Egyptian Government Announces the Closure of Tahrir’s Mugamaa
The Deputy Governor of Cairo announced on TV that the iconic building will be shutting down as of June 30th.
Downtown Cairo’s Mugamma Complex will reportedly be shut down as of June 30th, the Deputy Governor of Cairo, Mohamed Ayman, said on Sunday.
The complex, a symbol of bureaucracy and archaic infrastructure in public administration, has long been the centre for administrative practices required for both Egyptian nationals and foreigners. According to Egyptian Streets, the Deputy Governor qualified the decision as being in the public’s interest.
In an interview with Skynews Arabia, Ayman said the building, which is home to 30,000 public employees, could be transformed into a hotel – a decision which would be in line with the current revamping of the city centre that started last year. As Ismaelia for Real Estate embarked on the mission to repaint and renovate 23 historical buildings, including the iconic Radio Cinema, Shorbagui building, and the Old French Consulate, local authorities have also recently launched a number of projects, including the demolition of Mubarak’s National Democratic Party’s headquarters, the painting of numerous buildings, and the refurnishing of Tahrir Square.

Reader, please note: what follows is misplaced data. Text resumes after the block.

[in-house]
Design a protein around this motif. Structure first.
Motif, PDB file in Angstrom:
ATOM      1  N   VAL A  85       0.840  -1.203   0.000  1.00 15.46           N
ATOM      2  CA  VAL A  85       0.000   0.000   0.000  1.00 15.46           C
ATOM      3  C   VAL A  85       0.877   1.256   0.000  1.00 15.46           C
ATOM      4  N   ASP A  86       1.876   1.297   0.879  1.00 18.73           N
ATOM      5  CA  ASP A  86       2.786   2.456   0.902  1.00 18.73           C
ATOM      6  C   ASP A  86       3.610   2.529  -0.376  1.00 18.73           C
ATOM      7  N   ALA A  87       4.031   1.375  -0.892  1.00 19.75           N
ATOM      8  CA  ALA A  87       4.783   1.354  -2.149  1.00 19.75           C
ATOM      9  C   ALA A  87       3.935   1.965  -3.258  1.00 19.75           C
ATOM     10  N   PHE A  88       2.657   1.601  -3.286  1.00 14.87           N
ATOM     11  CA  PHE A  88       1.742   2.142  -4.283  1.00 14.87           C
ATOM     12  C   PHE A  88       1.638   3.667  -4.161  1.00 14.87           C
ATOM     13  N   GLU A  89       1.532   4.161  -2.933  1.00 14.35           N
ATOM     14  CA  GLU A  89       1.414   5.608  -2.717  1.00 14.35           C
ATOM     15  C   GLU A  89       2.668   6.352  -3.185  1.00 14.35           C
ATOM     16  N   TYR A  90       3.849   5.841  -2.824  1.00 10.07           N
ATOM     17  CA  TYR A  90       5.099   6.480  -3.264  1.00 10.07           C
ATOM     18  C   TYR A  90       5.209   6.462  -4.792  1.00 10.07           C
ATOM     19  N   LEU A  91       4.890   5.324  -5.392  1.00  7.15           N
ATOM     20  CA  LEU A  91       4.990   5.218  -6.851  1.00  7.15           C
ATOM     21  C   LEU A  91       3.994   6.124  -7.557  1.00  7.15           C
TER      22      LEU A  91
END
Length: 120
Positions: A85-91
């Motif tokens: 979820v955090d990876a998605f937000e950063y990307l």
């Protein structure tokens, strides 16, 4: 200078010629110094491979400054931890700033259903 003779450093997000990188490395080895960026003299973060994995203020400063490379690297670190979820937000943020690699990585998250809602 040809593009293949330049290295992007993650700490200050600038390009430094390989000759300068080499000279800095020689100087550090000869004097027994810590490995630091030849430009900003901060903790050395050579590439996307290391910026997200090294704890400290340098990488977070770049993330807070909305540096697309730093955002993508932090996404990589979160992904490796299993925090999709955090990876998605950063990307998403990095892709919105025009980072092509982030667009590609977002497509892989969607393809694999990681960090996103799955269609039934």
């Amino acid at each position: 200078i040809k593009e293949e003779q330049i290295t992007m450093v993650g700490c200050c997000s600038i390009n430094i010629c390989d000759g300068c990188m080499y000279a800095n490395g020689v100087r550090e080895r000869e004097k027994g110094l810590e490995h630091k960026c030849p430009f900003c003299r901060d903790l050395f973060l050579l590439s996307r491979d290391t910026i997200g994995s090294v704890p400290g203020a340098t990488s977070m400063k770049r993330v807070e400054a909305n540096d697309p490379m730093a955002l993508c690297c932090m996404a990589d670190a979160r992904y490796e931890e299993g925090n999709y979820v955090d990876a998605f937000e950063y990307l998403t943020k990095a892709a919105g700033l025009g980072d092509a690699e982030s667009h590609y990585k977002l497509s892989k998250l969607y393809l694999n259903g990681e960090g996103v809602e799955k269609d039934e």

A visit to Mugamaa – which has often been labelled a 'nightmare' by Egyptians and foreigners alike due to its endless queues, bureaucratic procedures, and lack of digitisation, – might thus take a different form, although it has not yet been announced where administrative practices will be held next. Estimates indicate that about 100,000 people visit the public building on a daily basis and, though there is a new mobile application to streamline access to certain services, it remains unclear where visitors will be expected to go.
Main image by Vyacheslav Argenberg, licensed under Creative Commons.
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